“Profiles” featured the “Apostle of Perfection,” Dutch conductor Willem Mengelberg, famed for his performances of Mahler and Strauss. “The Current Press” noted the first-ever coverage of a professional football game by a New York newspaper (NY Times):

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An excerpt from the lengthy Times article referenced by The New Yorker:

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Original caption: Red Grange at left trying to get through the Chicago Cardinals line in the game between the Chicago Bears and the Cardinals in Chicago when Grange played his first professional game as a member of the Bears. This picture was taken in the first quarter and he gained about two yards in this play. November 27, 1925 Chicago, Illinois, USA
The Chicago Bears’ Red Grange breaking through the Chicago Cardinals defensive line, November 27, 1925. (Corbis – Bettmann)

In “On and Off the Avenue,” Lois Long wrote about the wonders of children’s toys on display for the Christmas season:

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It is worth noting that the “Schwartz” store to which she referred (known to most of us as FAO Schwartz) will be closing its current Fifth Avenue store at the end of 2016. The name will live on (sadly) in online retailing as a unit of Toy’s R Us.

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This is the F.A.O. Schwarz store that would have been familiar to Lois Long. (6sqft.com)

And in her “Tables for Two” column, Long referred to the previous issue’s blockbuster article penned by the reluctant debutant, Ellie Mackay, which perhaps made Long’s nighttime forays a bit less novel:

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The Dec. 5 issue also carried a response to Mackay’s article, written by a young Yale alumnus named William Adee. A couple of brief excerpts:

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Later in his lengthy rebuttal, Adee offers this (exasperated) observation:

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In “Motion Pictures,” Theodore Shane found little to recommend: Cecille B. DeMille’s The Road to Yesterday was “hokum,” The Masked Bride tame, and the new Tom Mix picture, The Best Bad Man, was in need of a plot.

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HO HUM…Basil Rathbone and Mae Murray in The Masked Bride. The film is now lost. (doctormacro.com)

Next Time: Yuletide Approaches…

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How Dry I Am

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Oct. 31 cover,  Julian de Miskey.

The woes of Prohibition were acutely felt by the readership of The New Yorker. The magazine responded in kind with its continued criticism of the law’s enforcement and particularly the tactics of Manhattan District Attorney Emory C. Buckner, whose agents continued to padlock restaurants and clubs suspected of selling alcohol.

The New Yorker previously called the padlocking tactic a “promotional stunt” that would ultimately backfire (I wrote about this in a previous blog post last March).

Both the “The Talk of the Town” and “Tables for Two” took aim at Buckner this time around. “Talk” led with this item, accompanied by the art of Johan Bull:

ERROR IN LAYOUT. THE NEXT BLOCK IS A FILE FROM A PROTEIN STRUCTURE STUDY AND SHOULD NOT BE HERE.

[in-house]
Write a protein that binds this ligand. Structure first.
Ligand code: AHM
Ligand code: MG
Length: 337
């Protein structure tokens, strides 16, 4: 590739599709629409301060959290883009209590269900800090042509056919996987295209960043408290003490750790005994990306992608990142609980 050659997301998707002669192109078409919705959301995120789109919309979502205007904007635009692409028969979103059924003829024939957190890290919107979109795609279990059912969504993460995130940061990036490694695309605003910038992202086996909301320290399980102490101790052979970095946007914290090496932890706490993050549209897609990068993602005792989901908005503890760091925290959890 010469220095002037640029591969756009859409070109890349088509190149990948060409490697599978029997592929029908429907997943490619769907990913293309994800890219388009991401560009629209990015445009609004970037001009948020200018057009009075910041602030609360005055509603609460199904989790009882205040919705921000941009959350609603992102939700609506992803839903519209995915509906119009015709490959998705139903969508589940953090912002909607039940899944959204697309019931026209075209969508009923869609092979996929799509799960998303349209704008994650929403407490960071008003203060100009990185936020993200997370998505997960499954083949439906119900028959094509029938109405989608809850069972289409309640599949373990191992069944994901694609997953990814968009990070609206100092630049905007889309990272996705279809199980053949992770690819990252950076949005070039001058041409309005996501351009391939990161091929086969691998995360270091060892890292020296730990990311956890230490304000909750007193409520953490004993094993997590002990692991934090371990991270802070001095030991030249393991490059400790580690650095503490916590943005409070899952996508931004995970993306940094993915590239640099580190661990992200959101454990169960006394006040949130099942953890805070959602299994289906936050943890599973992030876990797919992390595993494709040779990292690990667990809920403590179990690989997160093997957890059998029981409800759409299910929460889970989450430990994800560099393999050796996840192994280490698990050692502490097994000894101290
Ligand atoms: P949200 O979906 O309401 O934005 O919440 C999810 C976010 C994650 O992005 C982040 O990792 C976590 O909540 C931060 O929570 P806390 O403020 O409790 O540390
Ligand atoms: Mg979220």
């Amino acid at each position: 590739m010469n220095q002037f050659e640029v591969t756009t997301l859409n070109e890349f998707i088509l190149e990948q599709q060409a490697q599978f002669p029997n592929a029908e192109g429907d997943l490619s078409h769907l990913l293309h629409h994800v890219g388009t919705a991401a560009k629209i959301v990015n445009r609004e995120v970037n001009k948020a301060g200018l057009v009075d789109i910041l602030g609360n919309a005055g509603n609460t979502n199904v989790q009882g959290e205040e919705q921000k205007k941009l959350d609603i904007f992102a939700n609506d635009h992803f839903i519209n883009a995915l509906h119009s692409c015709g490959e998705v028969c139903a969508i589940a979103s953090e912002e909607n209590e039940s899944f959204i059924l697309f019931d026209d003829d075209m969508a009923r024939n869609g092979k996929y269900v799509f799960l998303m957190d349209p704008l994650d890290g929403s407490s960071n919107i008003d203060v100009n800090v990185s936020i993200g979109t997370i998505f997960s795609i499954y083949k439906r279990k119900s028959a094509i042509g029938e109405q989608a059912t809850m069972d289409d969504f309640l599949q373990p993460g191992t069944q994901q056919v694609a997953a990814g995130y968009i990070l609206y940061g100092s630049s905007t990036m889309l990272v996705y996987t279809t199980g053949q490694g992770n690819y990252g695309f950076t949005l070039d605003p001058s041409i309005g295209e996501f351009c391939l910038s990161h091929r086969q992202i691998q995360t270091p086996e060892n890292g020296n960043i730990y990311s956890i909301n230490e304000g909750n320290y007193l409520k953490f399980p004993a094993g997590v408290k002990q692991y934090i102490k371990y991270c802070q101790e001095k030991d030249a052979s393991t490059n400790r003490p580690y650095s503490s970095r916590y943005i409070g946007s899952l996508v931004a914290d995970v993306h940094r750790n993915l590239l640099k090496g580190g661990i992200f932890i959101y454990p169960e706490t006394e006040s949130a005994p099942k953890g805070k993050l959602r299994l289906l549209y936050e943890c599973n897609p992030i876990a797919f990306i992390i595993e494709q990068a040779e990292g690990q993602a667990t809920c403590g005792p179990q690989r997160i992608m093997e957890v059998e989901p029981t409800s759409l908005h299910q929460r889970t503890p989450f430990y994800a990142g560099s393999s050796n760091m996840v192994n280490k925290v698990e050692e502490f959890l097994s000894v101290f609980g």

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“Talk” also made a call to action by “men of virtue:”

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Heck with statements. Lois Long just wanted to have some fun, and led her column, “Tables for Two,” with her own attack on Buckner and on the “stupidity” of establishments that were closed by Buckner’s agents (I include art that accompanied the column by Frank McIntosh–at least that is what I think the “FM” stands for; if I am in error, someone please correct me!):

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In a previous column (Oct. 17), Long pondered the popularity of a new dance, the “Charleston.” She closed her Oct. 31 column with “telegrams” from exemplary colleges in answer to the query: “Is the Charleston being done at college dances?”

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“W.J. Henderson wrote a lengthy article about the upcoming opera season at the Metropolitan Opera (it was opening with La Gioconda), and recalled the days after World War I when the once-popular German singers suddenly grew scarce on the American stage.

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The old Metropolitan Opera House at 1411 Broadway. The “Old Met” opened in 1883 and was rebuilt after a fire in 1892. The interior, shown here, was redesigned in 1903. This photo depicts a recital by pianist Josef Hofmann on November 28, 1937. The old Met was torn down in 1967 and replaced by a 40-story office tower. (Wikipedia)
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Site of the old Metropolitan Opera House today.

According to Henderson, this led to a general falling off of quality in the performances, a situation made even worse by the absence of the late, great Enrico Caruso on the Metropolitan’s stage.

In other items, John Tunis wrote about Illinois All-American halfback Red Grange in “Profiles,” calling him “a presentable youth of twenty-two…well-groomed, he would pass anywhere—even in the movies—for a clean type of American manhood.”

Tunis also noted that Grange had been offered a “half a million” to star in movies, and that professional football was ready to offer him a sum “that would cause even the once-mighty Ruth to blanch.” Grange, known as “The Galloping Ghost,” would later join the Chicago Bears and help to legitimize the National Football League (NFL).